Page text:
It's also a headache to execute with the controller since it requires multiple trips to the home screen. First to load up the primary app, then to back out and choose snap, after which you pick your secondary app.
Kinect does make things easier. You can simply say "Xbox snap Music" to get the side by side feature working. It's also much easier to just say "switch" for toggling between the two rather using the controller.
The biggest problem with Snap is that the interface relies on it too heavily for multitasking, and it forces you to give up visual real estate when you really shouldn't have to. For example, Xbox Music needs to be snapped in order to crank tunes while you play. Compare that to the PS4, which may lack a picture in picture feature, but lets its own music service run in the background, tucking the controls into the PS menu.
While it's impressive that the Xbox One's hardware is capable of juggling all this with a drop in gaming performance, it comes off as something you can do, but not something you'll actually want to do, at least very often.
Game DVR could be the end of gaming tall tales and "you had to be there" stories. With help from Microsoft's SkyDrive service, it lets you easily record and share your personal epic wins, besting the PS4's Video Share offering as the more open and YouTube-friendly recording option.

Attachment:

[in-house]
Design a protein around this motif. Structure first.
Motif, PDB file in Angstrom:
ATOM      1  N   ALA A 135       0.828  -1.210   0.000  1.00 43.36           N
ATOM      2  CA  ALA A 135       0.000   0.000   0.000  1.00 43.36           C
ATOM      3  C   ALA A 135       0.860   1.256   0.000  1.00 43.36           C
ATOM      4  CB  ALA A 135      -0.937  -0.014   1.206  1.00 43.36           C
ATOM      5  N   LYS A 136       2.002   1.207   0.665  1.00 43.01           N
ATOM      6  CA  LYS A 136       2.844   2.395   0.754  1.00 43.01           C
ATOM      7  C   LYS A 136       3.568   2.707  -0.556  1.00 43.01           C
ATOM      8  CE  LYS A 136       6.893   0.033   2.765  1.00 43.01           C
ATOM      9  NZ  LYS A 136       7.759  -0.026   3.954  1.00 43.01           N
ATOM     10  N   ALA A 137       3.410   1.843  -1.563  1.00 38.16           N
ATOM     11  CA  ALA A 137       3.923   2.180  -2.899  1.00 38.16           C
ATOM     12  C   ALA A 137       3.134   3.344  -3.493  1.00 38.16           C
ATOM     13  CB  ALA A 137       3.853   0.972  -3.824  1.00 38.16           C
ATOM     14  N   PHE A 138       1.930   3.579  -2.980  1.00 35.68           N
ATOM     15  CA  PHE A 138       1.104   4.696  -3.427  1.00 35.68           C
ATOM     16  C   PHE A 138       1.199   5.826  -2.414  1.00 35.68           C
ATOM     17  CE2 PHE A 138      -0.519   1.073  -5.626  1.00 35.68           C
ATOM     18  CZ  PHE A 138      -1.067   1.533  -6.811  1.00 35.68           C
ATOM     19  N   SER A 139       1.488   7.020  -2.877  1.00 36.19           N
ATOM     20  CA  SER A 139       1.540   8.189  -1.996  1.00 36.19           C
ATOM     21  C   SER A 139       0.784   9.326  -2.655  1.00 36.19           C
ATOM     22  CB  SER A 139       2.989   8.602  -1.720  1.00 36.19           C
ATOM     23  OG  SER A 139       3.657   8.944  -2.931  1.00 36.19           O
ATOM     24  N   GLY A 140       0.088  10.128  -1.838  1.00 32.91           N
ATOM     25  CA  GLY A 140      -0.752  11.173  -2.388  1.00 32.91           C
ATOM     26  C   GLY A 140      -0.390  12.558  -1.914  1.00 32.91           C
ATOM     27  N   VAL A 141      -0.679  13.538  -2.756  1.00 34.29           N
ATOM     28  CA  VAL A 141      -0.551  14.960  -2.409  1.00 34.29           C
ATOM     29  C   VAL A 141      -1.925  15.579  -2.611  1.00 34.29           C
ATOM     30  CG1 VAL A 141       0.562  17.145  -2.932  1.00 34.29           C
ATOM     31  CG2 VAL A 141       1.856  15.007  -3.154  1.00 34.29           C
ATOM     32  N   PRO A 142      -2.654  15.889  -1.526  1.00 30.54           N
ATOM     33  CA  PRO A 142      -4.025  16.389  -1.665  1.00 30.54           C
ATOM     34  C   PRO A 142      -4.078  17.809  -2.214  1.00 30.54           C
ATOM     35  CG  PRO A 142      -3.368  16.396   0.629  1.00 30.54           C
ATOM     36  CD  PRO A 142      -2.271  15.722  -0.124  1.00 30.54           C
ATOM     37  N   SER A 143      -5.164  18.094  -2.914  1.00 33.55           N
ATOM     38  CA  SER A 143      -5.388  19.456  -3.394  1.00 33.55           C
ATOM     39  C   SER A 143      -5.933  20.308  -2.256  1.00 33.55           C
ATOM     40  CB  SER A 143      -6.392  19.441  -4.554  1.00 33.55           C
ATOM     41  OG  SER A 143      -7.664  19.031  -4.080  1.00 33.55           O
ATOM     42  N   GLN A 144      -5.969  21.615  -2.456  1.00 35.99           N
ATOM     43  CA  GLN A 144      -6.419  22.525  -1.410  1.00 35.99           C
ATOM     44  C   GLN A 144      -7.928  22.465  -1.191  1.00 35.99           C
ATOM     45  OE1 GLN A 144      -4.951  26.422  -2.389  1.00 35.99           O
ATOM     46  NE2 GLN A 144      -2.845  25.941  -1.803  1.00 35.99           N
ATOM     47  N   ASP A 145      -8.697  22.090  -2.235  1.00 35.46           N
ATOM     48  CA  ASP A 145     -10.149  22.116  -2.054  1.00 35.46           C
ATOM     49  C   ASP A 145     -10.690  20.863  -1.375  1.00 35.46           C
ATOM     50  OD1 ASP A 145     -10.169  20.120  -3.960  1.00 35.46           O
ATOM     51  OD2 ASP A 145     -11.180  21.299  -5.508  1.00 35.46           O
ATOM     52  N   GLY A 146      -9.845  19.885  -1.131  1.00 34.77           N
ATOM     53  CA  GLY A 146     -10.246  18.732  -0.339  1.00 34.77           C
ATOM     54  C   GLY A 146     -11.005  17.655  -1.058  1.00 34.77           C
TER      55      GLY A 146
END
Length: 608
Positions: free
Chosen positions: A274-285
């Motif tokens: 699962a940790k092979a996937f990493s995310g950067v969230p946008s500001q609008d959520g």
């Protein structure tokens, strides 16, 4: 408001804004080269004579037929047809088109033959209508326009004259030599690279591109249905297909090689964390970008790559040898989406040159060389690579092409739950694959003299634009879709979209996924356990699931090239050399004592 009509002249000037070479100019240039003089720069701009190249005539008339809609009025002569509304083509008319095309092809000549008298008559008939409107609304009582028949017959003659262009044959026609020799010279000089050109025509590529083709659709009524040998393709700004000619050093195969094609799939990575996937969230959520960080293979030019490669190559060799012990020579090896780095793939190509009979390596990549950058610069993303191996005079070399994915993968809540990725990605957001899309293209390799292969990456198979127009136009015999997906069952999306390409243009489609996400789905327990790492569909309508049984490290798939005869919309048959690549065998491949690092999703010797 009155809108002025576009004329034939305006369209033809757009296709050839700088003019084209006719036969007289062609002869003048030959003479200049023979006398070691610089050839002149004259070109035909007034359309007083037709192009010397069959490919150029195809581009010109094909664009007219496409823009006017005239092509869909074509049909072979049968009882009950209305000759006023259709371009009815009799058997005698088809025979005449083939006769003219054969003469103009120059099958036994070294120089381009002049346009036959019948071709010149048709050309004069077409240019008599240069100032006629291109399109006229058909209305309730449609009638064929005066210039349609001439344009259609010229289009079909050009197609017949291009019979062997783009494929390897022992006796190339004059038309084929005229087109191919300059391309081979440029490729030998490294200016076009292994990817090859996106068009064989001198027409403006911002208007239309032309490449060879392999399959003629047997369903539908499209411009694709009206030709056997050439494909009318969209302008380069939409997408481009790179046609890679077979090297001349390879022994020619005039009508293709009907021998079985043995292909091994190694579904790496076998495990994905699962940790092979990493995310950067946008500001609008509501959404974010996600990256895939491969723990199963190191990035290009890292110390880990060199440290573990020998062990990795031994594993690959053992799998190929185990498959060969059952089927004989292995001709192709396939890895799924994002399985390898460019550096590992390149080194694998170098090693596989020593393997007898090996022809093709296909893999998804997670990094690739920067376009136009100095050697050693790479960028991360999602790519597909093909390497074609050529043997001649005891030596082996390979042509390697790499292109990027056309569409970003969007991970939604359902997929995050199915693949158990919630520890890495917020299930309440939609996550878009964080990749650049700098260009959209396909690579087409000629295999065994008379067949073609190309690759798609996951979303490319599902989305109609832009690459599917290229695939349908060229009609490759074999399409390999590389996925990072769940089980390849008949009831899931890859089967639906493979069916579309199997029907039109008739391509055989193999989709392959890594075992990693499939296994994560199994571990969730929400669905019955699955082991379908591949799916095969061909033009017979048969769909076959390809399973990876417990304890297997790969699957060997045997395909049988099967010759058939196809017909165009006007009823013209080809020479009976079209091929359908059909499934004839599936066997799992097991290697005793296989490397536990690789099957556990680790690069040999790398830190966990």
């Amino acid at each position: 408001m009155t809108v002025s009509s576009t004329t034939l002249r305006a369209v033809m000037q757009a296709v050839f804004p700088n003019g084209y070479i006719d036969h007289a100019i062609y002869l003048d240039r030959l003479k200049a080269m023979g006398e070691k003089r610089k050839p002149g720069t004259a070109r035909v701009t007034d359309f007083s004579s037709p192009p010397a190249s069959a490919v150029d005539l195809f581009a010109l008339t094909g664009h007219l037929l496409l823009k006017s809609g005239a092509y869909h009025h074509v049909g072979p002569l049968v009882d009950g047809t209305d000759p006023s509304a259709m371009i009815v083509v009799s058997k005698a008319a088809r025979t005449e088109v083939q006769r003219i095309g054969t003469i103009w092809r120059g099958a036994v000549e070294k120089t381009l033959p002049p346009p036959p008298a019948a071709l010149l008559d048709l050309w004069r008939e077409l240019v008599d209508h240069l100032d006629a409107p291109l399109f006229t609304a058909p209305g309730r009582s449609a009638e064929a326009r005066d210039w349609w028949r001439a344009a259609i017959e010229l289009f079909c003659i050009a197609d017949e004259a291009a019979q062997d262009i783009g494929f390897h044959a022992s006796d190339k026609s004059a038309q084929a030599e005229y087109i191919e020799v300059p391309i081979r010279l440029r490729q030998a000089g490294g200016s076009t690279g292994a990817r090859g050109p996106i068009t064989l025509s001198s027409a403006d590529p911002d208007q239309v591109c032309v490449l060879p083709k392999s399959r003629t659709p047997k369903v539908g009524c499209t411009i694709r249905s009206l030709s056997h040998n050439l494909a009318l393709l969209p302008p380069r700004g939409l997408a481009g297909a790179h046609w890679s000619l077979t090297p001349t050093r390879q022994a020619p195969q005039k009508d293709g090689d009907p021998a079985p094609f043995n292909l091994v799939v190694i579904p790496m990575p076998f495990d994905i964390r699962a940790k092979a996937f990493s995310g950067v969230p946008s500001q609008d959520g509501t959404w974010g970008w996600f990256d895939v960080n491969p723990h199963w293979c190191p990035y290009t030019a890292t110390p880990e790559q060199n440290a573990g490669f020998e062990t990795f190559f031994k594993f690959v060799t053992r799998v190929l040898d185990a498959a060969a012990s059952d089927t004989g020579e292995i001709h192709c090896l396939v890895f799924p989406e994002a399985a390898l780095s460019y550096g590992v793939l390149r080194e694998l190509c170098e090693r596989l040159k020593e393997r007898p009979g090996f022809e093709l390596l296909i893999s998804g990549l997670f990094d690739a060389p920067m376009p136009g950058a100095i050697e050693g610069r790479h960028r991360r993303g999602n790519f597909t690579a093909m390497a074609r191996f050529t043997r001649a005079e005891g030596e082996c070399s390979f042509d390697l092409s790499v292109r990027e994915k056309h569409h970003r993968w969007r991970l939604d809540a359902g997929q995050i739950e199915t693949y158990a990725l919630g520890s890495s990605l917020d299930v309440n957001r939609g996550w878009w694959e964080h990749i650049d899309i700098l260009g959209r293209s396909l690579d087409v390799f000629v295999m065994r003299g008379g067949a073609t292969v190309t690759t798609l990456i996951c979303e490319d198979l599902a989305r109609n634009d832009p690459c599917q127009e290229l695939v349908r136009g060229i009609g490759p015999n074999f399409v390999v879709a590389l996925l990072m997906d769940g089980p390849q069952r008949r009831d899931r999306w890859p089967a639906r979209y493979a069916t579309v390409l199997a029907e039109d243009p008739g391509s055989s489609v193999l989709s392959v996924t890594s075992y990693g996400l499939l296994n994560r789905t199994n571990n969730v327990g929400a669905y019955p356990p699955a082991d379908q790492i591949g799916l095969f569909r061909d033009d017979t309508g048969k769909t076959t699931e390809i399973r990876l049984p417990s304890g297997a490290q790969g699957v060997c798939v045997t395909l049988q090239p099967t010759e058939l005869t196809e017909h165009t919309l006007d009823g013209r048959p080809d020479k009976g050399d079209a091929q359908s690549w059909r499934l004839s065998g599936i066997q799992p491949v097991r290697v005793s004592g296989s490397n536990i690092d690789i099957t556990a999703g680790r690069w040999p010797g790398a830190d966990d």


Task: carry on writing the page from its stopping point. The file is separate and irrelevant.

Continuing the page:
From the get go it's much simpler than third-party recording devices since it's built directly into the system. The best part is that it requires no setup or planning. If you just unleashed a brag-worthy killstreak in Call of Duty, simply say "Xbox record that" and a 720p recording of your last thirty seconds in-game is saved to the hard drive. You can also take a screenshot by saying, you guessed it, "Xbox take a screenshot."
If you're the type who plans ahead and would like to record a longer video, switching to Game DVR, or snapping it alongside your game, lets you record up to five minutes of gameplay. This is one place where Sony's system has the edge. The PS4 keeps a recording of your last fifteen minutes in gaming, letting you pull clips from that instant archive.
So while recording a clip longer than thirty seconds requires less foresight on the PS4, the Xbox One's SkyDrive integration makes for more robust sharing. Whereas the PS4 only lets you upload to Facebook or the PSN, SkyDrive delivers clips as edit and upload friendly MP4s.
Upload Studio also has a simple suite of editing tools, and allows you to record a voice over commentary. You can even use Kinect recording to place yourself in the video, picture-in-picture style.